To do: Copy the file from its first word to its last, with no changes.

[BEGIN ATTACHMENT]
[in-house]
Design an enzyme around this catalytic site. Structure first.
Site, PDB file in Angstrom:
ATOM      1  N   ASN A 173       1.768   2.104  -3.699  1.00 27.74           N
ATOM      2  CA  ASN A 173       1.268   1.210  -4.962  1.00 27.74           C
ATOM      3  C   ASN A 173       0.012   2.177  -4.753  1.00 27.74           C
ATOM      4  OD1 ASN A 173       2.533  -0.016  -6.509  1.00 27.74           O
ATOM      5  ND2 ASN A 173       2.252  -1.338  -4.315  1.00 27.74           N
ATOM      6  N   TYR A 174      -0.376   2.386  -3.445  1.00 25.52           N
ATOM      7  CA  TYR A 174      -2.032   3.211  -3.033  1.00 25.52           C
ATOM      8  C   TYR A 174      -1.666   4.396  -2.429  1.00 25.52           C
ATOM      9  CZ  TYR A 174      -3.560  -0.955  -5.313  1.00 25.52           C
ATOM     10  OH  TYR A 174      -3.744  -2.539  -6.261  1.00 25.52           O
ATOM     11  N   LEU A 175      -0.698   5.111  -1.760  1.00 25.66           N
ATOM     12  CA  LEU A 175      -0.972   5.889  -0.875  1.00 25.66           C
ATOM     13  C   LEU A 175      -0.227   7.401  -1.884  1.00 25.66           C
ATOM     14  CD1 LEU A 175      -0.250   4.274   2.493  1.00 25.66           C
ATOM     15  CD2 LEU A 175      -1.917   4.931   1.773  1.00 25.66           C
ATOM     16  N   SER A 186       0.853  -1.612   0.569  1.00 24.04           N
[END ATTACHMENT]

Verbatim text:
[in-house]
Design an enzyme around this catalytic site. Structure first.
Site, PDB file in Angstrom:
ATOM      1  N   ASN A 173       1.768   2.104  -3.699  1.00 27.74           N
ATOM      2  CA  ASN A 173       1.268   1.210  -4.962  1.00 27.74           C
ATOM      3  C   ASN A 173       0.012   2.177  -4.753  1.00 27.74           C
ATOM      4  OD1 ASN A 173       2.533  -0.016  -6.509  1.00 27.74           O
ATOM      5  ND2 ASN A 173       2.252  -1.338  -4.315  1.00 27.74           N
ATOM      6  N   TYR A 174      -0.376   2.386  -3.445  1.00 25.52           N
ATOM      7  CA  TYR A 174      -2.032   3.211  -3.033  1.00 25.52           C
ATOM      8  C   TYR A 174      -1.666   4.396  -2.429  1.00 25.52           C
ATOM      9  CZ  TYR A 174      -3.560  -0.955  -5.313  1.00 25.52           C
ATOM     10  OH  TYR A 174      -3.744  -2.539  -6.261  1.00 25.52           O
ATOM     11  N   LEU A 175      -0.698   5.111  -1.760  1.00 25.66           N
ATOM     12  CA  LEU A 175      -0.972   5.889  -0.875  1.00 25.66           C
ATOM     13  C   LEU A 175      -0.227   7.401  -1.884  1.00 25.66           C
ATOM     14  CD1 LEU A 175      -0.250   4.274   2.493  1.00 25.66           C
ATOM     15  CD2 LEU A 175      -1.917   4.931   1.773  1.00 25.66           C
ATOM     16  N   SER A 186       0.853  -1.612   0.569  1.00 24.04           N